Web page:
Dayton VA chief to retire from post

Published: Monday, July 17, 2017 @ 9:50 AM
Updated: Monday, July 17, 2017 @ 6:30 PM

Dayton VA Medical Center CEO Glenn Costie plans to retire in October after 33 years with the VA

The Dayton VA Medical Center director recognized nationally for his work to help two embattled VA medical facilities in the midst of scandals will step down in October from the local top post.

Glenn Costie, 55, announced his retirement Monday to give the VA time to find and train a replacement before he leaves.

“I feel like the organization is doing really well,” he said in an interview at the Dayton VA. “Dayton is a top performing medical organization for our veterans and it just felt like it was the right time for me to go start a new chapter in my life.”

RELATED: Dayton VA director plans to return after stint in Phoenix

Costie said he’s in negotiations with a Miami Valley health care provider on a new leadership post, but declined to elaborate Monday.

The Dayton VA leader gained national attention when he was appointed for several months to oversee two troubled VA facilities in Phoenix in 2014 and Cincinnati last year, temporarily stepping aside from duties in Dayton each time.

Pushing for transformation and fixing broken cultures is not new for Costie — it’s what brought him to the Dayton VA 2011 in the midst of a dental clinic hygiene scandal.

In Phoenix, hundreds of staff were added to deal with a patient backlog. In Cincinnati, Costie said he tried to give employees “hope” in the midst of a high-level staff shake-up. He aided in the recruitment and selection of a new leader in Cincinnati, Costie said.

“Defining the culture and transforming it was one of my biggest challenges at both facilities and I think it’s one of my biggest successes here in Dayton,” he said.

The Dayton dental clinic today ranks nationally among VA medical centers for patient satisfaction, he said.

RELATED: Threats will drive BRAC strategy, AF leader says

During his tenure, the number of patients at Dayton VA facilities rose 11 percent to 39,724 last year while patient satisfaction ratings rose by double digits, according to the VA. In 2013, the VA ranked the Dayton medical center among 32 facilities as “top performers.”

However, Costie also has faced controversy at the Dayton VA. In 2015, a whistleblower employee brought attention to a patient backlog at the pulmonary clinic. The VA reported “scheduling irregularities” when a prior employee used an informal list to set up appointments.

At the time, Costie said 150 patients had died before they could be seen for appointments, but a VA panel investigation determined none of the patients died because of a lack of care. The employees who were involved in the situation faced “some of the most severe accountability measures we can take,” Costie said Monday.

EXCLUSIVE: Top AF general says without a budget ‘all programs are at risk’

With patient wait times an issue at VA hospitals and clinics across the nation and a rising tide of veterans returning from years of wars, the agency faced heightened public and congressional scrutiny. Washington has sent billions of dollars more to the VA and lawmakers have passed legislation to increase accountability in the organization nationally.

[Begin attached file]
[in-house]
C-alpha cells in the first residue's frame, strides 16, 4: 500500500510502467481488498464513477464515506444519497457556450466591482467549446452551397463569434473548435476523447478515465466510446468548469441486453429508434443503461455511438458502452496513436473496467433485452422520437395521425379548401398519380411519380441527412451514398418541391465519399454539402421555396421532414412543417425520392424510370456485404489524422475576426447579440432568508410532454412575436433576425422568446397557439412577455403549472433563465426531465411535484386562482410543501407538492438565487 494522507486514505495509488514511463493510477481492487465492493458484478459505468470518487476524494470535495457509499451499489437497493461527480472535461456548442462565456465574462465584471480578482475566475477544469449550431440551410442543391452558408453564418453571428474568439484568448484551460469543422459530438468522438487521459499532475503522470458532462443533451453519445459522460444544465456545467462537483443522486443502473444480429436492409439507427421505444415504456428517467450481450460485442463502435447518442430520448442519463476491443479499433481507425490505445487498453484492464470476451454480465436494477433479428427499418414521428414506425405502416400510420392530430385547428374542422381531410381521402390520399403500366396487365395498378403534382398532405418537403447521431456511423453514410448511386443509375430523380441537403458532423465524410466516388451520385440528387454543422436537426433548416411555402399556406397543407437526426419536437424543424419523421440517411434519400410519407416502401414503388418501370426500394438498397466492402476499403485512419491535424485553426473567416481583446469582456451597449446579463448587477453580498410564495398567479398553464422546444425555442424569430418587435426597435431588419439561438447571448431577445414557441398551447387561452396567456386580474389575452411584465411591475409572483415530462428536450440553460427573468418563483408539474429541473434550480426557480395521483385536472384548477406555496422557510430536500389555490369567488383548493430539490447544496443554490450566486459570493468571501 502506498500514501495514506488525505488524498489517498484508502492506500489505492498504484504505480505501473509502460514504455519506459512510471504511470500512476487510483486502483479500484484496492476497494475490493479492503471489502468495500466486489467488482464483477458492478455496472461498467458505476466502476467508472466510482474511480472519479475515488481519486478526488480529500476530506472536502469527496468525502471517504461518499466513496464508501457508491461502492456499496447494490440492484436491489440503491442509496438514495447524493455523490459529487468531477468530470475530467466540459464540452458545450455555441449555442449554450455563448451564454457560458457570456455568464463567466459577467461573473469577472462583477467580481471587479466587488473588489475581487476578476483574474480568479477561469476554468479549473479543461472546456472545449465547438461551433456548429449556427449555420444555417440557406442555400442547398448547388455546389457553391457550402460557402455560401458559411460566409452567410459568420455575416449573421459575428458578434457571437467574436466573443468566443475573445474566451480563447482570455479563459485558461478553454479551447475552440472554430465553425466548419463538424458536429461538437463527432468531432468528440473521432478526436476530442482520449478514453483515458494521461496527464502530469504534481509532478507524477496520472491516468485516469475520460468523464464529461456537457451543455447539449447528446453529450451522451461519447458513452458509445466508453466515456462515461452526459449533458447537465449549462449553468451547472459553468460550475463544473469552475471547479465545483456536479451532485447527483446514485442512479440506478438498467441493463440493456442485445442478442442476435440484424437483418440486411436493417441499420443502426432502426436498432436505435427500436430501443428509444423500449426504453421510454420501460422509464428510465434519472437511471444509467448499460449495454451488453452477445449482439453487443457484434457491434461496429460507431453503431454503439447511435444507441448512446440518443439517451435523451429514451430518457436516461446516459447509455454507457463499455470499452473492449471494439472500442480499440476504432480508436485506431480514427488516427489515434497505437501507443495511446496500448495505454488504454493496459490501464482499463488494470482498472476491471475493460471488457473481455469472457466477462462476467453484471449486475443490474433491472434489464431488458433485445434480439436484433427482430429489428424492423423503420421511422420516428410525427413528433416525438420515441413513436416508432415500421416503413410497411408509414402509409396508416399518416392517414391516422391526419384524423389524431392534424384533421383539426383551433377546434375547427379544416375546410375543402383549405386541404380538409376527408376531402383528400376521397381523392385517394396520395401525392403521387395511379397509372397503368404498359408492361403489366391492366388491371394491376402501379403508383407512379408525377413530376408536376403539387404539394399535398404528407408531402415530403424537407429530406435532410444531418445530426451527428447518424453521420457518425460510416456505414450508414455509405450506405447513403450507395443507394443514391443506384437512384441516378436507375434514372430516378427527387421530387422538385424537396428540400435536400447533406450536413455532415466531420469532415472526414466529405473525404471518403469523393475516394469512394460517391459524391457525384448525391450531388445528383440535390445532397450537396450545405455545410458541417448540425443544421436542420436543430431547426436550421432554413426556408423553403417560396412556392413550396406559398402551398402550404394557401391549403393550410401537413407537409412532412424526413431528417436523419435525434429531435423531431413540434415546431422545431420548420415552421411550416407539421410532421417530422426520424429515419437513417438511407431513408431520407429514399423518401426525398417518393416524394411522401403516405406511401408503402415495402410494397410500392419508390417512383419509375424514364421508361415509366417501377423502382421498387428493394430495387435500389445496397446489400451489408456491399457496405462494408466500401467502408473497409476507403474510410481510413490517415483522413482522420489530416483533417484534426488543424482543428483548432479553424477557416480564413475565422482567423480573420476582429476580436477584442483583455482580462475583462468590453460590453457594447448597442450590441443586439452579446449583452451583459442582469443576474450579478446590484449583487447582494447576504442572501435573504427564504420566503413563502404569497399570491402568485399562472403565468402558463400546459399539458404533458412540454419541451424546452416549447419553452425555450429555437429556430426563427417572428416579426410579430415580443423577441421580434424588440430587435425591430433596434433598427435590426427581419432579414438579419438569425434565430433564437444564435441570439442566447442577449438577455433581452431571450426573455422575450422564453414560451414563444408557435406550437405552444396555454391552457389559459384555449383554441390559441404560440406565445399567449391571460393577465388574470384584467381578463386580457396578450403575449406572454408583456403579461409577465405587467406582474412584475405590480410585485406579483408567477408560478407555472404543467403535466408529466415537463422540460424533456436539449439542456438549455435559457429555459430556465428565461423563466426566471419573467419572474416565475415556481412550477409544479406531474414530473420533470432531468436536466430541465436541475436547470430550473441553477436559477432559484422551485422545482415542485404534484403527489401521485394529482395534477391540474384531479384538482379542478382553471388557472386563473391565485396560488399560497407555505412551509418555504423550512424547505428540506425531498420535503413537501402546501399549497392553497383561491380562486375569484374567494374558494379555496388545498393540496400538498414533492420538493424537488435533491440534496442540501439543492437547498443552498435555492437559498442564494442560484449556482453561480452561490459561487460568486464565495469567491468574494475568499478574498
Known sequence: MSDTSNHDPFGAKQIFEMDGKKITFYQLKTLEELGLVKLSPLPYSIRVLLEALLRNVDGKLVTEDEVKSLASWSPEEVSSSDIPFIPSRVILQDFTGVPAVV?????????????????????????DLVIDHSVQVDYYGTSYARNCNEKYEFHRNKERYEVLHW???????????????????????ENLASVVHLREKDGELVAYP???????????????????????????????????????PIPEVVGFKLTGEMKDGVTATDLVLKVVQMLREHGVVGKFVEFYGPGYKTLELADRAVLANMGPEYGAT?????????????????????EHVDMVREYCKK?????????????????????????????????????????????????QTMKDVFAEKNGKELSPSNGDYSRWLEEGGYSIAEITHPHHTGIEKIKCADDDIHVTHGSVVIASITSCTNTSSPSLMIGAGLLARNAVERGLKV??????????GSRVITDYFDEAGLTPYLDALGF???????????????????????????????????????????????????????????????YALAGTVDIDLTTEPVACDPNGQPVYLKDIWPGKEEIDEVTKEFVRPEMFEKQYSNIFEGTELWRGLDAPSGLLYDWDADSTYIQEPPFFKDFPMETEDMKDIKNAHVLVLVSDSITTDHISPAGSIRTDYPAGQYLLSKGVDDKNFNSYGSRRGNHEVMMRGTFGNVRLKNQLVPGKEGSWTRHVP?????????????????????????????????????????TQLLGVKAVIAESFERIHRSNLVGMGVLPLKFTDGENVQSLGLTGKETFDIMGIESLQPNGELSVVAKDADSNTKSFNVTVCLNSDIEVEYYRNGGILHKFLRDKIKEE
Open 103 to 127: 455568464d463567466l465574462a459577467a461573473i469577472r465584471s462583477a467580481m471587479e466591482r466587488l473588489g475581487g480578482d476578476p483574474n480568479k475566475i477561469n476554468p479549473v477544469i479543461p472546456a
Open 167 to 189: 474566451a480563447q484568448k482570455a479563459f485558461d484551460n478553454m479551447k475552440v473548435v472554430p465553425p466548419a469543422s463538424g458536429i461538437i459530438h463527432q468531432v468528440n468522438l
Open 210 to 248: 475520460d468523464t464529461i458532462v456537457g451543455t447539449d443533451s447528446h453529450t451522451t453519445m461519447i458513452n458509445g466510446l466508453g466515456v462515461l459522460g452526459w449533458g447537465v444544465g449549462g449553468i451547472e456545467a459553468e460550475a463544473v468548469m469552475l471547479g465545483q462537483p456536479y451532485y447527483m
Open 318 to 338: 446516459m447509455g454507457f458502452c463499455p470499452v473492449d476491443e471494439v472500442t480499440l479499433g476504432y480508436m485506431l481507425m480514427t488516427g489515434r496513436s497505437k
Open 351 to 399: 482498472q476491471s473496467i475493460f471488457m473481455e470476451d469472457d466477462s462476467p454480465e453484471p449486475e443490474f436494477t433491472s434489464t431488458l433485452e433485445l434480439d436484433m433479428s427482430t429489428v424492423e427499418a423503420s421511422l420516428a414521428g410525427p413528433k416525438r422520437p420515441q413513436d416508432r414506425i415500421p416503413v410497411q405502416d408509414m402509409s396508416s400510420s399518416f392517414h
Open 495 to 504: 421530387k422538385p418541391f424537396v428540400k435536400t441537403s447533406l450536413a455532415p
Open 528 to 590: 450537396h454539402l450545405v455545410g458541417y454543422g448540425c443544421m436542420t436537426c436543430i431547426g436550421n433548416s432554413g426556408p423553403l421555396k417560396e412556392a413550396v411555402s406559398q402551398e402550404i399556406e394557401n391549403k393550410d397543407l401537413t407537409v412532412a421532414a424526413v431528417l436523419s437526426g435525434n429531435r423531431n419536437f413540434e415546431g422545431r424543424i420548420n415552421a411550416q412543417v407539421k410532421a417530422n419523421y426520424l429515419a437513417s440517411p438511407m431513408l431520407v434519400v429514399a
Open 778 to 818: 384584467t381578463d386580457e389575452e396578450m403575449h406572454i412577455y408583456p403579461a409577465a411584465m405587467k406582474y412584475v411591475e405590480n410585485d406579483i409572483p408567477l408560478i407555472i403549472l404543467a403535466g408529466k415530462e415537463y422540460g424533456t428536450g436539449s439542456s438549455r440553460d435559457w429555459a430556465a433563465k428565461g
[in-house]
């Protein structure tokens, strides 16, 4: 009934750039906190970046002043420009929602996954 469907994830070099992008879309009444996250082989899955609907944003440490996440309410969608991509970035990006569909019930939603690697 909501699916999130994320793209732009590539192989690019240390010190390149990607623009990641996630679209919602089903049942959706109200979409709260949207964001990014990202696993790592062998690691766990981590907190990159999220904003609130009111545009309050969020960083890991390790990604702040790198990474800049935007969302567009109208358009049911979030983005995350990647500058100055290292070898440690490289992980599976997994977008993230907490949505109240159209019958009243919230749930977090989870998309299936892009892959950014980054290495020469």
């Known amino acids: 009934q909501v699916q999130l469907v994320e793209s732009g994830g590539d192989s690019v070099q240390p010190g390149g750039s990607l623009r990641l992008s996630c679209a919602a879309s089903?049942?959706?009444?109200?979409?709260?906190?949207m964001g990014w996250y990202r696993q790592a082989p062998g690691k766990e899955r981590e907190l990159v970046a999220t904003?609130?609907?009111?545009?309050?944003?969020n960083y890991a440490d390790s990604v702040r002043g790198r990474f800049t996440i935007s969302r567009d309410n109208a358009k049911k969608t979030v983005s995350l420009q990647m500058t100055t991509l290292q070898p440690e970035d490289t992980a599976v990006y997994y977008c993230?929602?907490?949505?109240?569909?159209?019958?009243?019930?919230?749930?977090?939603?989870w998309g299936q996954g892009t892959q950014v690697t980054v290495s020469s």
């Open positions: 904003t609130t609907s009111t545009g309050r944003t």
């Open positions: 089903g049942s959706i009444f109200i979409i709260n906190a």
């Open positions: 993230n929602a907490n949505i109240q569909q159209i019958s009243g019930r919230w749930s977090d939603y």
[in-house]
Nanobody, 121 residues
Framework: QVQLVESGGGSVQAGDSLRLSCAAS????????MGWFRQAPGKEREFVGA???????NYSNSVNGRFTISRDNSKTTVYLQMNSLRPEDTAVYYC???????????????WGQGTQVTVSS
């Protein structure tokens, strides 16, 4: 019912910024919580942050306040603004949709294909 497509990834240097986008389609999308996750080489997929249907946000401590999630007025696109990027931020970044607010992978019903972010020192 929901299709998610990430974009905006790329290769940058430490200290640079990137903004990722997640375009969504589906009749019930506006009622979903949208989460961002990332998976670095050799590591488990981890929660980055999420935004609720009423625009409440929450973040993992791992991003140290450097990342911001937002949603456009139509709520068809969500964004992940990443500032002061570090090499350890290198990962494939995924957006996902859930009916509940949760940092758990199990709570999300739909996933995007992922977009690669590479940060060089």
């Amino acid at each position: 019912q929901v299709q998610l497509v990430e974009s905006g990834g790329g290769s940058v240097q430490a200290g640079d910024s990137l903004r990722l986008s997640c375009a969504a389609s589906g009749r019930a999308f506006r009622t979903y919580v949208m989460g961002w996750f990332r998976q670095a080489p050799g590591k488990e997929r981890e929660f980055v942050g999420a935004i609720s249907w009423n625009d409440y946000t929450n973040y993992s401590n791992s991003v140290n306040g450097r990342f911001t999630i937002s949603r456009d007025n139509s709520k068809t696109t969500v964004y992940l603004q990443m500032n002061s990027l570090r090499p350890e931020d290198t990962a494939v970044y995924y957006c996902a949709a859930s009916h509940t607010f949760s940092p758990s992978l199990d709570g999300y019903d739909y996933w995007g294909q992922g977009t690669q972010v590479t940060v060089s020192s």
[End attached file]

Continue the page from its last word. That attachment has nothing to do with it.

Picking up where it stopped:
National VA History Center in Dayton

In perhaps the biggest announcement while he was director, the VA announced Dayton was selected to be the future home of a VA National History Center. The future museum and archive, with an estimated $20 million to $25 million price tag expected to be significantly dependent on private fund raising, will be housed in a yet-to-be restored former VA national headquarters and a club house. The West Dayton campus was named a National Historic Landmark in 2012.

The Dayton VA, one of the first three national hospitals set up to medically treat veterans, marks its 150th anniversary in 2017. The campus was listed on the National Register of Historic Places in 2004.

Becoming the first community in Ohio to “effectively” end veterans’ homelessness in the Dayton region with a collaboration of community groups was a key milestone, he said.

RELATED: Dayton VA chief sent temporarily to Cincinnati

U.S. District Judge Walter H. Rice, leader of the American Veterans Heritage Center on the VA campus, said Costie has worked to integrate the campus with the community more than any other Dayton VA leader in decades. He called Costie’s departure “a loss.”

“At a time when the VA generally is under some negative publicity, he’s done just a tremendous job of improving the image of the VA in this community,” Rice said.

Ohio’s congressional lawmakers noted Costie’s departure.

RELATED: Closed Wright-Patterson drinking water wells could reopen

U.S. Rep. Mike Turner said in a statement Costie was “a national figure for saving veterans affairs facilities.” The lawmaker said he worked with Costie to bring additional housing for senior citizens and the national history center to the West Dayton campus.